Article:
Friday, May 18, 2007

On Doping, Speculation and Redemption

A reader of Finish Line Pundit has asked a question in reply to my post from 5/15/07 titled, "One In, One Out." Click here to read his comment and question. Here's my reply:

Thanks for the question, Fred. Your question is not easy to answer, but let's go ahead and explore it: both Hezekiel Sepeng and Lyubov Denisova failed "out-of-competition" tests in accordance with the IAAF's anti-doping rules, which are perhaps the most stringent of any sport except maybe for cycling. Because neither athlete failed any "in-competition" tests, there is no sure way of knowing for sure when (or if) Sepeng and Denisova ever actually competed while "hot-blooded."

Prior to his suspension, Sepeng was a stud, at least in the 1990s:

  • 1996: Olympic 800m, silver medal
  • 1998: Commonwealth Games 800m, silver medal
  • 1999: World Championships 800m, silver medal

In the new millennium, Sepeng – having lost a step or two – was finding himself further and further away from the Olympic hardware:

  • 2000: Olympic 800m, 4th place
  • 2004: Olympic 800m, 6th place

This may have prompted him to take some desperate measures. For his part, Sepeng has denied ever cheating intentionally. Since he has been reinstated just in time for the 2007 World Championships in Osaka, Japan, it's a good time to find out what he can actually do. I would guess that Sepeng's body fluid samples will be treated like they were radioactive and will be given the scrutiny they deserve when he competes in Osaka. I doubt he would be able to cheat. As for his chances in the championships, he'll be 33 by then. That's not too old, but his relatively advanced age will certainly not be an advantage in Osaka. Neither has he had the benefit of the fire of competition for the past two years, so I'd have to say he's a longshot, and not just because of the doping issue.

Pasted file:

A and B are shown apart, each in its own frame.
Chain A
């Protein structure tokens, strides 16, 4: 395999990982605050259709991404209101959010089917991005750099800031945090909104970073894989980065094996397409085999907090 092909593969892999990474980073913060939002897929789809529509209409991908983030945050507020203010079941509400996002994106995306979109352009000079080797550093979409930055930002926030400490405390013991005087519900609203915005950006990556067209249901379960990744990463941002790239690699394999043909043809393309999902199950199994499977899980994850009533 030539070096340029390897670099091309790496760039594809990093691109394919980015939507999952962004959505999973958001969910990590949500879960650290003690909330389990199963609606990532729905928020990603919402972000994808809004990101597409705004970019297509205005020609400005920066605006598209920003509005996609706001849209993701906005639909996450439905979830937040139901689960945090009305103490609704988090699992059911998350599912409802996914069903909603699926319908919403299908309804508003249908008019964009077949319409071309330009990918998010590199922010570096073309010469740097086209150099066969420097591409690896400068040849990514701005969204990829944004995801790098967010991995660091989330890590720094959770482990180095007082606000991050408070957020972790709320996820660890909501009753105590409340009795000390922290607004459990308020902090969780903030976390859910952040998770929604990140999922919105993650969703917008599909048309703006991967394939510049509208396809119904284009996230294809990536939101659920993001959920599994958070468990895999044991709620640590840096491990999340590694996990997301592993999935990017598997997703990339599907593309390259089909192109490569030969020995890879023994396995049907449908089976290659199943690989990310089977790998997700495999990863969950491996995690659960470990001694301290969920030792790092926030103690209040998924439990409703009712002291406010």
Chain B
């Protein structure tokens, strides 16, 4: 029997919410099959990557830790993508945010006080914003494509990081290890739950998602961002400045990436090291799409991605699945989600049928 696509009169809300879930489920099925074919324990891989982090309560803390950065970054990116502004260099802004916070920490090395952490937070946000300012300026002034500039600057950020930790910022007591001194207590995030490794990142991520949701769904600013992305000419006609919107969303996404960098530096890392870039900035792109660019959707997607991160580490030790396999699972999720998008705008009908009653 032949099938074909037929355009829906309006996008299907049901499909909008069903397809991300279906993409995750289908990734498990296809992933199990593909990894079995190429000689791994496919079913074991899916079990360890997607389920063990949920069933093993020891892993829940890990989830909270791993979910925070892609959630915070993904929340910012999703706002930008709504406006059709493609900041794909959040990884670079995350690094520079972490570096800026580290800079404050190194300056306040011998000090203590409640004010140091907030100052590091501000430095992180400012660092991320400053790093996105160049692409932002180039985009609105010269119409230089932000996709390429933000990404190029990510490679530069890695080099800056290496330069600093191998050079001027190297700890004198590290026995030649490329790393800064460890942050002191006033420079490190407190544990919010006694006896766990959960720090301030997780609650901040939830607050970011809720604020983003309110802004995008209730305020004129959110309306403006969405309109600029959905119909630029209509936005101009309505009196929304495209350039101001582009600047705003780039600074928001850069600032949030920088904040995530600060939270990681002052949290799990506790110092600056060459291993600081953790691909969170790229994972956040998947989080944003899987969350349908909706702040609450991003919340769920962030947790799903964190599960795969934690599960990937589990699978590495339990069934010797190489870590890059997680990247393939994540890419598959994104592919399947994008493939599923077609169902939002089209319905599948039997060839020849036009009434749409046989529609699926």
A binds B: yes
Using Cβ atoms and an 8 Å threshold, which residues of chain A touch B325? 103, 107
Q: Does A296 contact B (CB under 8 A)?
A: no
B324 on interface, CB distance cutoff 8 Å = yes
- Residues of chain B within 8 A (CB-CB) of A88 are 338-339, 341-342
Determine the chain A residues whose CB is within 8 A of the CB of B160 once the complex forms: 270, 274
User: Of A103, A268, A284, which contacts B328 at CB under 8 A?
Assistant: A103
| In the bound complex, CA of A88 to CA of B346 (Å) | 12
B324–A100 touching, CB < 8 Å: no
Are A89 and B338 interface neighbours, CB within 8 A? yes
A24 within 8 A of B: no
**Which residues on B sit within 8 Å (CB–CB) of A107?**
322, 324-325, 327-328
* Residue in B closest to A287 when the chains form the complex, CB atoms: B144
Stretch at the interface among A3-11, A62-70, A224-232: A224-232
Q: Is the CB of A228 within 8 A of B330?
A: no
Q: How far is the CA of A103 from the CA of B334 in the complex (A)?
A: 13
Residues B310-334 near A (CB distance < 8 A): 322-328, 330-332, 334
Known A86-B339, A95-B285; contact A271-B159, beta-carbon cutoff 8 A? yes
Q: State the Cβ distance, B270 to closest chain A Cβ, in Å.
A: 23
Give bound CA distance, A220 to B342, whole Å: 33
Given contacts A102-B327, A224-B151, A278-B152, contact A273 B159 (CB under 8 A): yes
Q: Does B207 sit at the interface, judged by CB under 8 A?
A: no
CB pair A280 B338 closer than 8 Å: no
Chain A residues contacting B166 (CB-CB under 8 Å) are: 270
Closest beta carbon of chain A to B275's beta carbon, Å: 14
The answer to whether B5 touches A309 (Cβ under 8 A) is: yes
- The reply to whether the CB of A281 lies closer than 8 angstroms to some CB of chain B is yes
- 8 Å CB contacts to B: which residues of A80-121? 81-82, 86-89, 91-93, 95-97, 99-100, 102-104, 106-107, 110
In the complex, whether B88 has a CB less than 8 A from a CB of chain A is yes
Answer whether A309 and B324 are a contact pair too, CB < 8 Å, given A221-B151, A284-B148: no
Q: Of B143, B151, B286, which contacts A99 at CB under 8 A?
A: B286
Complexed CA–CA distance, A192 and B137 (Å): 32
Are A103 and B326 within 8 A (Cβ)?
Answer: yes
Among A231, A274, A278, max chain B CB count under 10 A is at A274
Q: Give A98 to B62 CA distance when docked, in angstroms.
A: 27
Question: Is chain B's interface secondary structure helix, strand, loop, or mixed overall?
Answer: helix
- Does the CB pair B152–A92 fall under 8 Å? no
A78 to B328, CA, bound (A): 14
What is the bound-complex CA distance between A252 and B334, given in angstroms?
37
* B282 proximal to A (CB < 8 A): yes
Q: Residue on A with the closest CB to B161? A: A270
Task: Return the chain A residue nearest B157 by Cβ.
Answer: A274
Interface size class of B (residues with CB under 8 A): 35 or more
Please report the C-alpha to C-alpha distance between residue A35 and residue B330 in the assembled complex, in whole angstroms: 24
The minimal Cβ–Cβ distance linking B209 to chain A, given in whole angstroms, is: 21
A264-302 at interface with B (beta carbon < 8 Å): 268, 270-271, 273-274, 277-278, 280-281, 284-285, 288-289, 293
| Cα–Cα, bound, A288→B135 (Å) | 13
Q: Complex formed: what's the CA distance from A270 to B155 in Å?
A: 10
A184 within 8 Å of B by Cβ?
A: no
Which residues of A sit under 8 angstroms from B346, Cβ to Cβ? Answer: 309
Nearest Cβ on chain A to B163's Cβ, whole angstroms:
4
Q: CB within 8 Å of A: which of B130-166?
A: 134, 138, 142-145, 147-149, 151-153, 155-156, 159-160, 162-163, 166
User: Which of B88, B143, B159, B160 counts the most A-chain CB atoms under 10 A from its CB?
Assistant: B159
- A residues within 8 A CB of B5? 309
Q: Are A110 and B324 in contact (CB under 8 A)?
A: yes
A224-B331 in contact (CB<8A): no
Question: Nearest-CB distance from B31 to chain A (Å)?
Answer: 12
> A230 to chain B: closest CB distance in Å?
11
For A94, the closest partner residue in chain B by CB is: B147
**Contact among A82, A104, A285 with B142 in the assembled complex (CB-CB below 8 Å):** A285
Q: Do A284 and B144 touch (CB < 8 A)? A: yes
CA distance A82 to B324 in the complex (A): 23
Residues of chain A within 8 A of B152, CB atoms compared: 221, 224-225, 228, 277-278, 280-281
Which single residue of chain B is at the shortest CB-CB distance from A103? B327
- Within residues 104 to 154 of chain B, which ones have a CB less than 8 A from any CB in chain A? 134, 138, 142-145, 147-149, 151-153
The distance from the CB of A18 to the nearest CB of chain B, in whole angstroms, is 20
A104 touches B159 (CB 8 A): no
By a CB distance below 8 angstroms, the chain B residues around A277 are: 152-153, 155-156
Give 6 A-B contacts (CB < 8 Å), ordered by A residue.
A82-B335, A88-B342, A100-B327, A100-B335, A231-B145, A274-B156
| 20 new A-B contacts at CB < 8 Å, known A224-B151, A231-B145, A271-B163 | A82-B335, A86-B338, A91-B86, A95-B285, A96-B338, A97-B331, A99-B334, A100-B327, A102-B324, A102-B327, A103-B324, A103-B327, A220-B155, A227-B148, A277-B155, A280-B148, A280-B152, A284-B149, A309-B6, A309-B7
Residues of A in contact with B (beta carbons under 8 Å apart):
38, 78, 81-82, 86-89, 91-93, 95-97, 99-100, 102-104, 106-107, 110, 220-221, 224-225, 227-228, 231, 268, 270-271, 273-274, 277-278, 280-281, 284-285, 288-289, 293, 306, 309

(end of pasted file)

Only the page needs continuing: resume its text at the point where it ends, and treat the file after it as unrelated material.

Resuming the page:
Denisova, who set a record at last December's Honolulu Marathon, seems to have gotten away with cheating. According to

    "Jim Barahal, the president of the Honolulu Marathon Association, told The Honolulu Advertiser that he was upset to hear that last year's champion tested positive. 'We can't go back in time and take back the money and the title,
    but it's a reasonable conclusion that if she was cheating in February and March, it's likely that she was under the influence in December," Barahal said. "I can't prove it, unfortunately.'"

    By the time Denisova returns from her suspension she'll be 37. My guess is that she won't return and we'll never know if she can successfully compete unenhanced. We could speculate that they both probably did compete "enhanced," and you know what they say about speculation: it's always right, but it comes with an asterisk every time, so I won't do it. Come to think of it suspected performances come with asterisks, too, which should be enough to make people think twice before cheating. I'm a believer in redemption, so I'm rooting for Sepeng to do well this summer. If Denisova can return to the sport at age 37 and do it without cheating, I'll root for her, too. Does that answer your question?

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